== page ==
Wednesday, May 4, 2016
Community (and the Improvement of my Mind by Extensive Reading)
This week I blew through the Mother-Daughter Book Club series by Heather Vogel Frederick. You may not have a thing for YA lit, but seriously, they were so cute. And I actually learned new things as well! Which was beyond fun for me. The Man mocked me endlessly for reading books about people reading books, but if you have a pre-teen to teenage girl, pick these up for them. I will for sure be reading these to Bee when she gets a bit older.
My favorite thing about these books (other than all the fantastic lit references and the adorable young love towards the end of the series--true confession) was the community that they detailed. The titular mother-daughter book club ends up becoming so much more than that, as the families grow together and support each other through moves, weddings, deaths, fights, lost jobs, and more (in fact, it got me thinking about this article on community in Gilmore Girls).
In book 5, as the girls are reading their way through the Betsy-Tacy books, they start talking about how they have a "Crowd", a group of people that they hang out with regularly. And in truth, most of them have all grown up in Concord and known each other since kindergarten so the Crowd was pretty easy to come by. They add a few newbies as the books progress, but the core group is together for years.
I found myself wondering what that would feel like.
I grew up as a Third Culture Kid, and the town where I lived was where everyone came to do language school. My sisters and I would make friends, and they would leave a year later. We had long term friends, but most of them were also long distance friends. Even in high school, the friends that we made graduated and left for college in the US, Korea, Australia, or Europe. There were seasons of my life where I had a Crowd, similar to the girls in the MDBC, but they were short lived.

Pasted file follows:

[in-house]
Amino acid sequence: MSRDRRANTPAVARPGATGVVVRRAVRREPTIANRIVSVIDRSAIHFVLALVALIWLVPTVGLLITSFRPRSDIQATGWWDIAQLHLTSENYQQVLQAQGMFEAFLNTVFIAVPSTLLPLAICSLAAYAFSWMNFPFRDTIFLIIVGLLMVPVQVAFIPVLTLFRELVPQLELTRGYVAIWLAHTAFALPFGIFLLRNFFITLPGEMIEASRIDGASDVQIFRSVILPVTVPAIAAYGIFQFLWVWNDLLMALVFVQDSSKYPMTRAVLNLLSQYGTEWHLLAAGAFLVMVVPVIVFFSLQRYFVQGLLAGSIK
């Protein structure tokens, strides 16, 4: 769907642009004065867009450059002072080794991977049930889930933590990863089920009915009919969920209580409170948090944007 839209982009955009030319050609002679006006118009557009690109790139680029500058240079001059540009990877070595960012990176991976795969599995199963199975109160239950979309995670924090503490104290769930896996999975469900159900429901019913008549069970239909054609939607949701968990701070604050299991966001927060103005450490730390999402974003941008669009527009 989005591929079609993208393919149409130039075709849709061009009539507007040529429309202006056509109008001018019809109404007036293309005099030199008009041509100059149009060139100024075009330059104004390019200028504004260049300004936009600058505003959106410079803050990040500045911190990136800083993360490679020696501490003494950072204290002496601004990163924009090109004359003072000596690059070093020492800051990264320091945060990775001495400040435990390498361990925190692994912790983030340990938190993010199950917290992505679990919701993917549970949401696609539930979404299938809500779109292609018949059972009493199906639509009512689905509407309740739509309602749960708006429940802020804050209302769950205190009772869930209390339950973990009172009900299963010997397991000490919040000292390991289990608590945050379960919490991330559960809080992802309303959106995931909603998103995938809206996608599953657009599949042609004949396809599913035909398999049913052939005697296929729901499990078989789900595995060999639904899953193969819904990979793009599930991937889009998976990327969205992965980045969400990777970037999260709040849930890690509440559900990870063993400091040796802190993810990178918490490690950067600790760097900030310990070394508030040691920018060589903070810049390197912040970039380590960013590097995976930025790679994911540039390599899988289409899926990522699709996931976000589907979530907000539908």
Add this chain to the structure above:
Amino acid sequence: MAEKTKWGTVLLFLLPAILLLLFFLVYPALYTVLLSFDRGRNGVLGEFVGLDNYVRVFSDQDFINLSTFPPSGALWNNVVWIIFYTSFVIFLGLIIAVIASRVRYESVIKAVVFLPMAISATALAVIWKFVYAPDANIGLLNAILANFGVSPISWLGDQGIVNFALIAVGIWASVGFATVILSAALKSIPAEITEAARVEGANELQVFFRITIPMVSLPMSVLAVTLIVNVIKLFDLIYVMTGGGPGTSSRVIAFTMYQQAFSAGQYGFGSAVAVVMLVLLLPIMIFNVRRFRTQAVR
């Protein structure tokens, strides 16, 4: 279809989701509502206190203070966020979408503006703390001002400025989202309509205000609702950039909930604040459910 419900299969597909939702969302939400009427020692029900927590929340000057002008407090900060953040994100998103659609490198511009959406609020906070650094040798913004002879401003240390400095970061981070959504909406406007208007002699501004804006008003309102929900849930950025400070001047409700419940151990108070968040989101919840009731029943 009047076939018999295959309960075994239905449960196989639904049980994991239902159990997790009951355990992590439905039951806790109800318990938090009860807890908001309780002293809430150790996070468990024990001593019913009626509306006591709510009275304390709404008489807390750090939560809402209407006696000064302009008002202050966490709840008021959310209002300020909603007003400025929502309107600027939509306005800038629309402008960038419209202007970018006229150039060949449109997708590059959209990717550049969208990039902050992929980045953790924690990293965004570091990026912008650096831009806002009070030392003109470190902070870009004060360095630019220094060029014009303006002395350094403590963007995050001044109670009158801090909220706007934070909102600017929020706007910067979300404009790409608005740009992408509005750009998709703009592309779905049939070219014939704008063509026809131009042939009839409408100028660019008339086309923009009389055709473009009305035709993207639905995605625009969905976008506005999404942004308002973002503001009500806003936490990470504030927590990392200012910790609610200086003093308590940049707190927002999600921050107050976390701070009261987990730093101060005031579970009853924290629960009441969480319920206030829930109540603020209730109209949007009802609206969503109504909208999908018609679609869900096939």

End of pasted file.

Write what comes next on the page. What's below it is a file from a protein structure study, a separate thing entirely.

I'm now a military wife. We make friends, and then we move. Some of the friendships last, and some die the natural death of inevitable separation. Some would argue that this enables community without cliquishness and stagnation. It can also be a great way to get out of relationships that just aren't very fun any more (you can decide for yourself if that's a good thing or a bad--I lean towards the latter).
I'm not sure exactly where I stand on the spectrum of short term/long term community. I do know that I walked away from the MDBC books feeling a tad nostalgic for my old high school Crowd (however short lived it was) as well as for the various friends who have been community for us with each move. I also started praying more for my own children and the friends they will have.
Admittedly, some of this was already on my mind because we keep collecting extra boys in our house. They play legos together and watch baseball and tolerate the twins...and I've been having flash forwards to the teenage years when our couch is covered in sweaty boys yelling at the TV and Bee ends up with a crush on one of Little's friends. I'm not ready for that yet.
So yeah, community. And mother-daughter book clubs. Giving me more to think about. What do you find are the benefits of long v short term community? Was there a time in your life that lent itself more handily to running with a Crowd? Do you find it easy to collect community by organized means (book clubs, church attendance, sports teams, etc.) or do you think it needs to happen organically?
:: Pictured above and read in the last couple weeks: Olive Kitteridge by Elizabeth Strout (not my favorite--I found it depressing though well written; it still made me want to move to Maine), The Truth According to Us by Annie Barrows (beautifully written with fantastic characters, a good mystery, and some great history), Fangirl by Rainbow Rowell (entertaining but typical of Rowell's secular world view), and Brown Girl Dreaming by Jacqueline Woodson (a must read, especially with your pre-teen to teenagers when studying the Civil Rights movement). No pictures of the MDBC books because our library only had books 1 and 6, and I had to buy all the rest on Kindle--seriously, the Man is a saint for supporting my book habit. There's a peek at book 1, the original Mother-Daughter Book Club (already returned to the library) in Bedtime Reading. ::